Kudos to Governor Linc Chafee for going out in style with proposed bond issues for Little Rhody that would benefit public transportation, the environment, and the arts.
Chafee’s latest (and last) budget includes funding for public transit to the tune of $40 million for two sorely needed new mass transit hubs in Providence. Anyone who has ridden the state’s buses knows that the majority of travelers are going to school, work, the grocery store, or medical appointments, and that these routes provide a lifeline to these folks’ everyday lives. Yet the perception remains that only “those people” use it. That theory would work, unless you count Jorge — who relies on public transit as his main way of getting where he wants to go — as one of that ilk.
The Lincster also proposed a $75 million environment bond that would fund everything from reducing water pollution to public drinking supply improvements to shellfish acquisition and management. These are critical areas of concern for The Biggest Little, which wouldn’t exist if it weren’t for Narragansett Bay, the state’s largest economic and environmental resource and asset, hammered like a spike through the heart of the state.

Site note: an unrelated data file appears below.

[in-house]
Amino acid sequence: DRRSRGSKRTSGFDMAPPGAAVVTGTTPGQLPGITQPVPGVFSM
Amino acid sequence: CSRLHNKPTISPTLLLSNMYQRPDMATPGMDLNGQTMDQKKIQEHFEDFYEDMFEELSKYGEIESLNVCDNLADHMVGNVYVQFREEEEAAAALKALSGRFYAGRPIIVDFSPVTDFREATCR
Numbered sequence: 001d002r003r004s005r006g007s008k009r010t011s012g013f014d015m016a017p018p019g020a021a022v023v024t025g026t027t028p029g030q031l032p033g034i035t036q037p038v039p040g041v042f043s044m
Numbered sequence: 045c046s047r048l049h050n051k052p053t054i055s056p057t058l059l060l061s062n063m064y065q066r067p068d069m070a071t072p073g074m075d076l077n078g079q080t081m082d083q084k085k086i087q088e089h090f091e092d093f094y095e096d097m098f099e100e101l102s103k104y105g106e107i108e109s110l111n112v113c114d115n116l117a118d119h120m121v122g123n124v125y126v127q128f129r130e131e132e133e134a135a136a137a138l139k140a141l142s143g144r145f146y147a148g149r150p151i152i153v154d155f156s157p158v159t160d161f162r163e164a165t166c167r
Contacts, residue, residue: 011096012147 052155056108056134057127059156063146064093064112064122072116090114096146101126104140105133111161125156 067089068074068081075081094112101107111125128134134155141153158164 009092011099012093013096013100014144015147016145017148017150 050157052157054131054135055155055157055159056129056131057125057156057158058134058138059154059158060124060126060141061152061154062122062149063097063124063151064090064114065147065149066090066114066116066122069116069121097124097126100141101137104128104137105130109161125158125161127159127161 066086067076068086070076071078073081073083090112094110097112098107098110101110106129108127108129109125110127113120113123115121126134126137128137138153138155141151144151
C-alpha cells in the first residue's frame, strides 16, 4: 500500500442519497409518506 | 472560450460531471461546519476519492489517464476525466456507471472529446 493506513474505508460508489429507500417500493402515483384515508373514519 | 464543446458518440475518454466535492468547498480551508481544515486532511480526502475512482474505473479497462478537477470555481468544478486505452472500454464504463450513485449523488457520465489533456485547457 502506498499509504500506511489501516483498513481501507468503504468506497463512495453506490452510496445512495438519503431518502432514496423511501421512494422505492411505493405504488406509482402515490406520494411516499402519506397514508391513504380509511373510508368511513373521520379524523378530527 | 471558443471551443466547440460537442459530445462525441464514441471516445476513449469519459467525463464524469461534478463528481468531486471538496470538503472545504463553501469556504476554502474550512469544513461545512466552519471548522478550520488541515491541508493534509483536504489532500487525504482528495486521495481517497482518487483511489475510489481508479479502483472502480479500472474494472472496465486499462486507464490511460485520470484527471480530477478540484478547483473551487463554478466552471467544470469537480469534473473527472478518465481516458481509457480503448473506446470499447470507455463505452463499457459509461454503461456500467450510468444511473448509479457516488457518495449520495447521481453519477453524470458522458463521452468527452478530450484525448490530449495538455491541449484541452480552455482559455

And then there’s the $35 million bond proposal for arts and culture that plays to the strength of Vo Dilun’s artistic community, one of the most renowned in the country. While there may be some concerns about this funding being administered by the RI Commerce Corporation (better known as the former Economic Development Corporation, proud brokers of the corrupt and cheesy deal with Curt “Bloody Sock” Schilling and his 38 Studios fiasco), the fact that Commerce RI will coordinate with the RI State Council on the Arts brings optimism. (P&J hope that local arts leaders such as AS220’s Bert Crenca and storyteller/Roots Cultural Center co-founder Len Cabral will have loud and influential voices into where the money eventually goes.)
If you care about these bond issues, there is one thing you have to remember: if these budget proposals are not approved by the General Assembly in committee, you will not get a chance to vote for them on the November ballot. So put the heat on your local reps and senators right now and let them know that if they deny the people’s ability to choose whether these investments are worth it — because General Assembly leadership puts a kibosh on them and never lets them be put on the ballot — they’d better start looking for another gig come the day after the November election. When the public is allowed to choose to spend money on great economic boosters like these, they invariably fly through at the ballot box with staggering approval numbers.
(Full disclosure: Phillipe has worked on public, private, and state organizations to support land and water bonds since 1985, and is a member of the Coalition for Transportation Choices, which heartily promotes public transit funding in Rhode Island. Jorge, as mentioned above, is a public transit advocate and a huge player in, and supporter of, the Little Rhody arts community.)